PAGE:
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Sharon L. Freeman, Esq., Attorney at Law
A Board Certified Attorney Representing Injured Workers And Their Families [Se Habla Español]

The hidden side of teaching and other education jobs

Teachers and other school personnel such as paraeducators, physical therapists, nurses and lab specialists work hard. They are asked to do more than ever before and must wear many hats. The cumulative effect in the best of cases is often a job that is stressful yet fulfilling.

Yet violence can be a fact of life in even these best cases. It is not something schools really like to talk about, so a teacher or staffer who has been violently injured on the job may feel isolated. However, there is no doubt that violence is a real problem facing those who work in schools, and they deserve to be compensated and treated with dignity so they can return to work as quickly as possible if they are able to.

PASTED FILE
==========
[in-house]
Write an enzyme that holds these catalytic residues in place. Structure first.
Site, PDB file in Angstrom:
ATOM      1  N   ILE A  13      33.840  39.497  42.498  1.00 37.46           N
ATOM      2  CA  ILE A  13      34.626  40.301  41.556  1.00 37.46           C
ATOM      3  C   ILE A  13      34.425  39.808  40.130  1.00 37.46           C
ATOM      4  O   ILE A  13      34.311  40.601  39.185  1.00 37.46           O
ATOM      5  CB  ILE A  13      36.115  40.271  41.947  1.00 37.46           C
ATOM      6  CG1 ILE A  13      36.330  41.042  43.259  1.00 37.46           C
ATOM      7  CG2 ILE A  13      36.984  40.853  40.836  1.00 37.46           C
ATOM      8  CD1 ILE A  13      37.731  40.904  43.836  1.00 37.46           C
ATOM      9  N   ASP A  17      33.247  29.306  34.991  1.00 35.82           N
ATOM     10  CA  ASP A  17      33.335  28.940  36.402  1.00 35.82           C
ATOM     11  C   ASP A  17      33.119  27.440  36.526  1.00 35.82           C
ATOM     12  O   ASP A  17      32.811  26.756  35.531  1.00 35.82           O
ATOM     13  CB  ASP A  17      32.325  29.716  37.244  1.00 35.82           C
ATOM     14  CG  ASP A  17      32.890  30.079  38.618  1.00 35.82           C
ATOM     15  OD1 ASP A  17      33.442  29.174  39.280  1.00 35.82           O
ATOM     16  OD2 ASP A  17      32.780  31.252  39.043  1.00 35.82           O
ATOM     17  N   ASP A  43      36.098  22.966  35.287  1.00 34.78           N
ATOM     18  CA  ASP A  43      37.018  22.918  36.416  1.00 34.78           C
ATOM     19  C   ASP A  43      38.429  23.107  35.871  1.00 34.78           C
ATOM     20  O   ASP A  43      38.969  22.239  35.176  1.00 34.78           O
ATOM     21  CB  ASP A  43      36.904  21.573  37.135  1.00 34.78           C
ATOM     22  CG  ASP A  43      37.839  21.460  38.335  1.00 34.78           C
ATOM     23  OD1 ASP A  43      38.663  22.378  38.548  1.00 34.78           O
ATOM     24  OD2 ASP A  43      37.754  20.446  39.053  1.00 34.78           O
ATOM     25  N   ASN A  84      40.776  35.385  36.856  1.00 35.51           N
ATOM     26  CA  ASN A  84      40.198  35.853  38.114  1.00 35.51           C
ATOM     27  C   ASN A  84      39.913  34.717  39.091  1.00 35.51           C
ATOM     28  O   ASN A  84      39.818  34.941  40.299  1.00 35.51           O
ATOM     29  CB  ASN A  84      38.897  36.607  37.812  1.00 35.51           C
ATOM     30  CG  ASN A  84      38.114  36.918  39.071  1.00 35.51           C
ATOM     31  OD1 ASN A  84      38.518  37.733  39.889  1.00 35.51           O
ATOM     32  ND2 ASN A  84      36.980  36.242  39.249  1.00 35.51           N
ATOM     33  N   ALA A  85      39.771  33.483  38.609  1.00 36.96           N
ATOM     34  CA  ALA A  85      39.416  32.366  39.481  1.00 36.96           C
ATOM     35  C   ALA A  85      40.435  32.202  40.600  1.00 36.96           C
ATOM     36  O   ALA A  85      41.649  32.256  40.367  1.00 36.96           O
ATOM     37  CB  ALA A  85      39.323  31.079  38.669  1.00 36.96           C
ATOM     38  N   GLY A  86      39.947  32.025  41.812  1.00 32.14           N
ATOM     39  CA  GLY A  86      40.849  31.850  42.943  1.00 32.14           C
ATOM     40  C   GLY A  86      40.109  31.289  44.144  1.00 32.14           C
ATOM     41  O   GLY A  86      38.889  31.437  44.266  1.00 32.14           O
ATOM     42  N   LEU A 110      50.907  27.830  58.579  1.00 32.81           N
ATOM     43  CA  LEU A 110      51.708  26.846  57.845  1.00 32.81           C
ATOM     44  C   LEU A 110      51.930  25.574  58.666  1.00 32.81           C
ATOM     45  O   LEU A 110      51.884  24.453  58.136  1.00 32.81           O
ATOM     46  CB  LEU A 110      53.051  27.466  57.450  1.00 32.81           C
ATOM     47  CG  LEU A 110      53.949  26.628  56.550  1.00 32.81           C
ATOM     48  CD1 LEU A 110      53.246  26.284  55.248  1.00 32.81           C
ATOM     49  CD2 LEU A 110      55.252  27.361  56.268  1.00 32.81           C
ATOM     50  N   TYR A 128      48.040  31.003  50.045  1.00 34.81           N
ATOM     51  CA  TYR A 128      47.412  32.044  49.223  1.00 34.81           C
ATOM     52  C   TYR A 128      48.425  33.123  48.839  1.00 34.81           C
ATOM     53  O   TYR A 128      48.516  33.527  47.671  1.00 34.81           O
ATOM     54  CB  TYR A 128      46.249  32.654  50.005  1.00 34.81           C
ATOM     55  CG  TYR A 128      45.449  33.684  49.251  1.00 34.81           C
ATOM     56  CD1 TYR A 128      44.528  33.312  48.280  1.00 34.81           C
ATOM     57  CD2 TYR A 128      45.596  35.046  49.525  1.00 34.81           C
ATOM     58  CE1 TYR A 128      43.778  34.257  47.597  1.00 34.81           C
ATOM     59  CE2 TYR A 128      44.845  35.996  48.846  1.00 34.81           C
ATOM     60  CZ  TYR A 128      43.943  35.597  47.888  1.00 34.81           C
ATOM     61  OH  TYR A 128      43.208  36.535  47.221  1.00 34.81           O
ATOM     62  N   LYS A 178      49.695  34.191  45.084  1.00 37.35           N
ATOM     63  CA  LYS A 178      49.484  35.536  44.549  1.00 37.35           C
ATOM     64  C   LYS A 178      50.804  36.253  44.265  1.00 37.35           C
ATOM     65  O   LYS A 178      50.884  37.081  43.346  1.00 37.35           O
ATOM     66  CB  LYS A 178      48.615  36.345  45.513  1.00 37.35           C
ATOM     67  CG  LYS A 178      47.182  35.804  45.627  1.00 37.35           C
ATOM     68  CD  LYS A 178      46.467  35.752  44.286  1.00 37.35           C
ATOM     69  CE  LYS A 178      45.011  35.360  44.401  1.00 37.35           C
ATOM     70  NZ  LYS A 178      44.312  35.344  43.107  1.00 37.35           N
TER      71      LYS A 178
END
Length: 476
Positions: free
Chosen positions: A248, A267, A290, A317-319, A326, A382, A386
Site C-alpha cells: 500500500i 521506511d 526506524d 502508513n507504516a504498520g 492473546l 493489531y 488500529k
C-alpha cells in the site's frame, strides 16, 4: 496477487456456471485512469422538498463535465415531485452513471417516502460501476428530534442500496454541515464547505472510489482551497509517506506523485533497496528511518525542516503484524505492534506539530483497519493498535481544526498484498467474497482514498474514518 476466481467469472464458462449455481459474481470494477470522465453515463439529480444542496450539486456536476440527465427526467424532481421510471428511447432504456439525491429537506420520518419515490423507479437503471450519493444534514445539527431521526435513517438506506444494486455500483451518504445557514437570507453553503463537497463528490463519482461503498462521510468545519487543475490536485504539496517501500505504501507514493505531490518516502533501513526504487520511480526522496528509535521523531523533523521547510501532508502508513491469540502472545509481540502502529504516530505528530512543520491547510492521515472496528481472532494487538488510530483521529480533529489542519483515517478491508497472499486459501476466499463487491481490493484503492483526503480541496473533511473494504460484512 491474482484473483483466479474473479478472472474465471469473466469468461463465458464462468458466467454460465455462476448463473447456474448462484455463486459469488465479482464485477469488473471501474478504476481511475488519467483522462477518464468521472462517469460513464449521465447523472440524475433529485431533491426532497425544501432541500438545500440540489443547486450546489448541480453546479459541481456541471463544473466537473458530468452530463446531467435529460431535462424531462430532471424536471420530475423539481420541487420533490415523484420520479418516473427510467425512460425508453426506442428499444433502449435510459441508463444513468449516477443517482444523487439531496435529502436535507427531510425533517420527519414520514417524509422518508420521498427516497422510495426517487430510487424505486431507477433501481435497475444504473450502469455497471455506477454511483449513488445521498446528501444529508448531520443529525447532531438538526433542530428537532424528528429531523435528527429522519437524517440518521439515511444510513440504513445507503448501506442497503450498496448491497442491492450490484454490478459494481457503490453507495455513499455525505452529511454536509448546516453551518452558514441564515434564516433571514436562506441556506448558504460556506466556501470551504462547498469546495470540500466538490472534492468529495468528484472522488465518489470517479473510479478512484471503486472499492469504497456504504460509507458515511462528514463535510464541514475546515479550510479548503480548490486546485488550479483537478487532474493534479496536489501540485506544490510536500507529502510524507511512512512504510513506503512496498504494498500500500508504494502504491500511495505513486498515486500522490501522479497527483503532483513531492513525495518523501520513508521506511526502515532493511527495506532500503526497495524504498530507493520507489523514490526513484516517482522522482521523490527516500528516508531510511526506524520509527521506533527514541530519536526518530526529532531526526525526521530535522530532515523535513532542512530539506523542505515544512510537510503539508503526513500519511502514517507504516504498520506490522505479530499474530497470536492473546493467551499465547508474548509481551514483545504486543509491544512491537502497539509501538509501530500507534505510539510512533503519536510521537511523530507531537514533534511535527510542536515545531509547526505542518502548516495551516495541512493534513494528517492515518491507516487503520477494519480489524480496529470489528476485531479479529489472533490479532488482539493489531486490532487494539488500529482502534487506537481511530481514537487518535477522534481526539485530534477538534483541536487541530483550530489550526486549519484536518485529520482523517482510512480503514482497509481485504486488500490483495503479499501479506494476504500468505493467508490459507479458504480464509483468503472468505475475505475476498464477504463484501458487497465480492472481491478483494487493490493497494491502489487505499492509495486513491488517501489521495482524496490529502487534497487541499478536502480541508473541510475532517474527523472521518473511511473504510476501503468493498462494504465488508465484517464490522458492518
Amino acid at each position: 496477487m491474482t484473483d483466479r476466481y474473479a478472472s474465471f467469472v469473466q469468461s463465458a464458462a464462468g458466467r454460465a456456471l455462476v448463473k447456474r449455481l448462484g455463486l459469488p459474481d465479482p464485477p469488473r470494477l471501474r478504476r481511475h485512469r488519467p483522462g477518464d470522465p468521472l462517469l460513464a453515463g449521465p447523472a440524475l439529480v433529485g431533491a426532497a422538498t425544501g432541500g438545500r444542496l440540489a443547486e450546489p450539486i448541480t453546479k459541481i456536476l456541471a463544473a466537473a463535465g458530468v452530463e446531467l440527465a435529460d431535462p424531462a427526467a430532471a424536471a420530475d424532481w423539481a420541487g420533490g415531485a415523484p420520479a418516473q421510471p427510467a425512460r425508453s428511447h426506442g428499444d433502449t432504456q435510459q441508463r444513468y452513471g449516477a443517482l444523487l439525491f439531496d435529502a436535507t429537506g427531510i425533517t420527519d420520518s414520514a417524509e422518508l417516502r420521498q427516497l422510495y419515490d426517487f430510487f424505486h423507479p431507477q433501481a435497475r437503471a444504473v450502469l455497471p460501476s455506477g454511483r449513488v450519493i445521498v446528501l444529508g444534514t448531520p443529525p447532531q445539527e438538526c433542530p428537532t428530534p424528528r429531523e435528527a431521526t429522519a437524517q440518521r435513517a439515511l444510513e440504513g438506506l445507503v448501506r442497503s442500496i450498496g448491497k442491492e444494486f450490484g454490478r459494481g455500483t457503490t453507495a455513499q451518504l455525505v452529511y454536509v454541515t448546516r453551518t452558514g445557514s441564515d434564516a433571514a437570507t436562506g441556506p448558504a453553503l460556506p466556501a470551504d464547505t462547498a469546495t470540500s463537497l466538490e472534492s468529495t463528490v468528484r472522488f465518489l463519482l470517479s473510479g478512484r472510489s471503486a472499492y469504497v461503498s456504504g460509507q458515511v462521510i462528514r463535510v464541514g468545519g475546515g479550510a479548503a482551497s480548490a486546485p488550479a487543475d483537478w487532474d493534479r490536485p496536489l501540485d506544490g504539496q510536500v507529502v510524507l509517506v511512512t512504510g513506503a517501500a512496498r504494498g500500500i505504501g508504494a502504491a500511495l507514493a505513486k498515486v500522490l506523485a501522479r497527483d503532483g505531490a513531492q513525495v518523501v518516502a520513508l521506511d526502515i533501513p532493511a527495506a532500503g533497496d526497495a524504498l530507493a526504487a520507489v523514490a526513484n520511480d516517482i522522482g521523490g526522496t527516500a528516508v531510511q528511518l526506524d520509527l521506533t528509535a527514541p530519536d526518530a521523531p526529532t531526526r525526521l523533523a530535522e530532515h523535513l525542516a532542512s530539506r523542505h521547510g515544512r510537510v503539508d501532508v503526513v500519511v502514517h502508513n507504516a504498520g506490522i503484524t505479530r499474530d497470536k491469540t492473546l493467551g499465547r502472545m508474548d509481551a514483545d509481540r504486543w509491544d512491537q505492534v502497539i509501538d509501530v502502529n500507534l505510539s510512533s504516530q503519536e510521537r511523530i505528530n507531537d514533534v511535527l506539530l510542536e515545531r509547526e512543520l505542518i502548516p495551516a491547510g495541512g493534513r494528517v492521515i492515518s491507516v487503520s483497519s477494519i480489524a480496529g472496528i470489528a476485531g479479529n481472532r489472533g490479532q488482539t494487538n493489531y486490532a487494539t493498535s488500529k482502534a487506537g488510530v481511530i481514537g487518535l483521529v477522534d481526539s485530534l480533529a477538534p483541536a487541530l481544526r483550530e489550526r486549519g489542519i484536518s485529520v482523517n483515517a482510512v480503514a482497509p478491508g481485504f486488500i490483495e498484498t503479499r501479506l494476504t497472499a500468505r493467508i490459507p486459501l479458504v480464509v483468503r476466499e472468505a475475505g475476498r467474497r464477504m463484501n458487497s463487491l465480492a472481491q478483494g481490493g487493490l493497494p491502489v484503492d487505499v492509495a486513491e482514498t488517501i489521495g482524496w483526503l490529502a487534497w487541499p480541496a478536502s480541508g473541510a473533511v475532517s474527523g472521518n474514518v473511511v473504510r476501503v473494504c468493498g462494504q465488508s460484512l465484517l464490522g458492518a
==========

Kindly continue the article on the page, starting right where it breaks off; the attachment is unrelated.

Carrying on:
How educators become injured

There are many ways in which an educator can get hurt. For example, someone trying to break up a fight could end up with broken bones, fractures or concussions. When a teacher is pregnant, even a door slamming on her in the stomach area can cause significant problems. And then some attacks are purposeful. For example, a student might try to bite or choke a teacher.

Of course, in some cases, it is not violence that leads to an injury. A janitor might slip and fall, for example, or a teacher running down the hall to help with a conflict might fall. Student projects gone awry have also led to injuries and chemical burns.

What to do

Many people who work in schools are resilient and view some injuries as just part of the job. They may shrug injuries off as inconsequential or a cost of doing business and never report or discuss them in depth. However, they deserve any compensation they may be entitled to and for their injuries to not become worse or have a serious long-term effect. If you have been hurt, report the injury and visit a doctor as soon as possible.

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